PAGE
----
LOS ANGELES, Dec. 13 (UPI) -- The Bombshell in Charlize Theron's new movie is the allegation of sexual harassment against Fox News CEO Roger Ailes. The film, opening in limited release Friday and expanding Dec. 20, depicts the women of Fox News filing charges against Ailes in 2016.
"I was sent the script before everything that we're in right now," Theron said at a Q&A after a screening of the film. "So it was an interesting time to read it because there were rumblings. People were talking about things, but nothing was out. This was pre-MeToo, Time's Up, pre-Harvey [Weinstein], Matt Lauer, all of this."
Gretchen Carlson was the first to formally file charges against Ailes. Nicole Kidman plays Carlson in the movie, and John Lithgow plays Ailes. Kidman wanted to show Carlson's vulnerability beneath her public face, and felt she knew a way to portray that vulnerability on film.
"You'd see it through her children," Kidman said. "You would see a woman who's really scared for the future of her children."
Carlson remains under a non-disclosure agreement from her ultimate settlement with Fox News. Bombshell depicts the immediate days after she filed.
"She's given up her job, she's gone out on a limb and now her future is not bright," Kidman continued. "That's frightening and the loneliness and the fear. She thought she'd be supported and she wasn't. That's really terrifying."
Kidman felt that Carlson's fear for her family would trump any thoughts of self-preservation.
"It's terrifying for yourself, but it's way more terrifying if you've got children, as well," Kidman said. "You're like what's going to happen to my daughter and my son? What's going to happen to their lives? That's how I met her emotionally and so I feel for her. I do."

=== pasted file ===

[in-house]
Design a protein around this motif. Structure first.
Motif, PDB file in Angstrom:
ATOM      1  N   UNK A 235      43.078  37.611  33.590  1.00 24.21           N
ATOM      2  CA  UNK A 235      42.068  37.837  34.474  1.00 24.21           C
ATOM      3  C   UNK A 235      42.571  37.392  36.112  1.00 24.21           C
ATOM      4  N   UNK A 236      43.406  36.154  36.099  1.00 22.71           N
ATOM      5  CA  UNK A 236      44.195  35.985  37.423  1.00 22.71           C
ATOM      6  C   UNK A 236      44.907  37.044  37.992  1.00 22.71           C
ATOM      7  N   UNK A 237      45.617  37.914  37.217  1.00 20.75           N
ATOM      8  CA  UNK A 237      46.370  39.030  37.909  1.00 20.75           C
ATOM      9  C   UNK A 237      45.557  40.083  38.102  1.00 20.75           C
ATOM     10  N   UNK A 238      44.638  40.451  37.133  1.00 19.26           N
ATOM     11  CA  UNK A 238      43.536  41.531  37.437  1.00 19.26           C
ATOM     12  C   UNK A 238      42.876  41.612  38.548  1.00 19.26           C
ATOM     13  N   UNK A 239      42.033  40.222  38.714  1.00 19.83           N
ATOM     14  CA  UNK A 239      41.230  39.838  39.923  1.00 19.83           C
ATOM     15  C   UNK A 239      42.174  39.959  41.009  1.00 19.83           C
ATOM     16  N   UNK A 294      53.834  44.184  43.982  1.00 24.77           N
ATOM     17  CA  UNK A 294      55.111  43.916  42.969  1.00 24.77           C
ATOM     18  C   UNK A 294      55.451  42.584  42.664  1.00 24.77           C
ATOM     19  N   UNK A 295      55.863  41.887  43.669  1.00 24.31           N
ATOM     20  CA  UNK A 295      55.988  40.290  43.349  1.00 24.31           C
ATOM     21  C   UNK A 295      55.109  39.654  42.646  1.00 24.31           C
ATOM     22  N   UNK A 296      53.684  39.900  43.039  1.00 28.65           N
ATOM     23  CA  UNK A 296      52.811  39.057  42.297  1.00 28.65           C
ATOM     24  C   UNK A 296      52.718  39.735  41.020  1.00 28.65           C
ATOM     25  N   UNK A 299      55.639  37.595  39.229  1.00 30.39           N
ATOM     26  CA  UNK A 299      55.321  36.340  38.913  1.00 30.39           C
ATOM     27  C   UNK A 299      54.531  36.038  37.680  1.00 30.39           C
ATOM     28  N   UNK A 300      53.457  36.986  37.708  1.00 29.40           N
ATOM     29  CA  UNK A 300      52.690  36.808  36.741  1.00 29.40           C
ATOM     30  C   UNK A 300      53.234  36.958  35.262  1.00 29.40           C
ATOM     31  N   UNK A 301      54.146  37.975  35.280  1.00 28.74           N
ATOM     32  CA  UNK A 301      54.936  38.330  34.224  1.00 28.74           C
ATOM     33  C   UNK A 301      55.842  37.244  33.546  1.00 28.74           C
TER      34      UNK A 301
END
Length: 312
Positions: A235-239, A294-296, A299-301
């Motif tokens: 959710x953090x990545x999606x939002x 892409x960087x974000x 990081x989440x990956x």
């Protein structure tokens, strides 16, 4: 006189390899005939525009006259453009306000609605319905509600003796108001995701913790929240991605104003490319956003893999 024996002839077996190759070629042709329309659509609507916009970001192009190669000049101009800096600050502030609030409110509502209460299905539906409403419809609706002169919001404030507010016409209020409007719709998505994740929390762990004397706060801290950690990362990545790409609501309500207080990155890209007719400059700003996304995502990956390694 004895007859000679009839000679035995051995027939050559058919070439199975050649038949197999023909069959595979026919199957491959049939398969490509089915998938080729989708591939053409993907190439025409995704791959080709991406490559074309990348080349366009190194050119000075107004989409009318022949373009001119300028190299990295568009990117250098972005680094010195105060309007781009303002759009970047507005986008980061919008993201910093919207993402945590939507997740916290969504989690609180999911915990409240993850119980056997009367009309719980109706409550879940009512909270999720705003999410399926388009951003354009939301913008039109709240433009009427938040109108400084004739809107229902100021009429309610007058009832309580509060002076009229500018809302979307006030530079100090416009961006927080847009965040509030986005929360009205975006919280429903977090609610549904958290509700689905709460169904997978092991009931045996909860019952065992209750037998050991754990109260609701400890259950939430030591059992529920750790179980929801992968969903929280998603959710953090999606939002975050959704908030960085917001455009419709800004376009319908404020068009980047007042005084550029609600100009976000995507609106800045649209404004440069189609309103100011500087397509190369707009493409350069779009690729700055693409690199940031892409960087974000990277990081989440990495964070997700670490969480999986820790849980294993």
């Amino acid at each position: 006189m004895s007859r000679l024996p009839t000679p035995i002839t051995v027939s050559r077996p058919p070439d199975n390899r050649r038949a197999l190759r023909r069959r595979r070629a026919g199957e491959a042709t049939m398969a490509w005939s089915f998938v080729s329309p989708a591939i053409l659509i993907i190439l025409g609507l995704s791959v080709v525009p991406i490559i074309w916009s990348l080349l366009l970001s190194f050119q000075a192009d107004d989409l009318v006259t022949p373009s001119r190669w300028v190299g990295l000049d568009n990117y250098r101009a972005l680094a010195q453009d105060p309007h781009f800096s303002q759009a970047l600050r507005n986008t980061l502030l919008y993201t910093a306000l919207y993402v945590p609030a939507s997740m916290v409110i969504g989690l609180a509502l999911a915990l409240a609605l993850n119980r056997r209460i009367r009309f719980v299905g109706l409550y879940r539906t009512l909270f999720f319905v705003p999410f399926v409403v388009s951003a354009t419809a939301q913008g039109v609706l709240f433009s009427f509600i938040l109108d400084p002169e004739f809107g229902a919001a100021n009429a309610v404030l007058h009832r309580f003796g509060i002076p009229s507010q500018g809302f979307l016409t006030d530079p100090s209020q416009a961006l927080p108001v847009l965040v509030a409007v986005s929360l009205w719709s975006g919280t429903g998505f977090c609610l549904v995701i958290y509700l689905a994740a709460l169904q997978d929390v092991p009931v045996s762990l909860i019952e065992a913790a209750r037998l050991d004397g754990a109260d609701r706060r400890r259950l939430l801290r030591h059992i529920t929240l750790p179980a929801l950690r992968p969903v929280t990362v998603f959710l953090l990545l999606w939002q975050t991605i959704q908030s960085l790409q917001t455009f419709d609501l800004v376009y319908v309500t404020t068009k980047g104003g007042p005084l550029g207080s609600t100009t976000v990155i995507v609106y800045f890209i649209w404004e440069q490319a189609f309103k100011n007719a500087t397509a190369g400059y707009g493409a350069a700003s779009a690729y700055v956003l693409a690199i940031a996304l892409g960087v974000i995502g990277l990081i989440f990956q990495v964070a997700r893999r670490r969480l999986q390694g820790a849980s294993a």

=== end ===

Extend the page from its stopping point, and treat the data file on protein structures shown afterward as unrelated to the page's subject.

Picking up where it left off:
After Carlson came forward, Megyn Kelly brought forth her charges against Ailes. Theron plays Kelly in the film and serves as a producer. Theron called herself a liberal and said she disagreed with Kelly's political views, but felt that gave the story more power.
"If we can see the power of a message through somebody that we might not agree with, or somebody who might even anger us, that tells you there's something real there," Theron said. "This was not a person that was easy for me to wrap my arms around. But, in what she went through, I have nothing but respect for each and every one of them for what they stood up for, what they risked."
Margot Robbie plays Kayla, a composite character of other women in the Fox News newsroom. Though Kayla herself was not a real character, Robbie said she could relate to Kayla's story.
"There was nothing about this that I didn't understand," Robbie said. "I feel like I've been hearing stories like Kayla's my whole life from friends, school friends, parents' friends, whoever. I can't tell you how many times I've heard some story about this happening to varying levels of severity."
Kelly and Carlson have bounced back from Fox News with productions on NBC News and A&E, respectively. The real women behind the stories of Kayla and others in the Fox News newsroom weren't so fortunate, Theron said.
"They were ostracized," she said. "Most of them lost their jobs, never worked again. So in that sense, I'm grateful for what they've done. They catapulted us. They were the first. There's no denying that all of this started with them."
Bombshell is Theron's second film to deal with sexual harassment. Her 2005 film North Country depicted the Eveleth Mines sexual harassment case of the '80s. Theron said the audience for Bombshell in 2019 has felt more receptive than the audience in 2005.
"That definitely feels different than when I was on the press tour for North Country," Theron said. "It just felt like something that everybody wanted to leave back in the period. It feels like this is of this moment and that's great.
"I think that's what we need. We need to tell all of these stories. We shouldn't stop telling these stories and we also just shouldn't stop until this thing is done for good."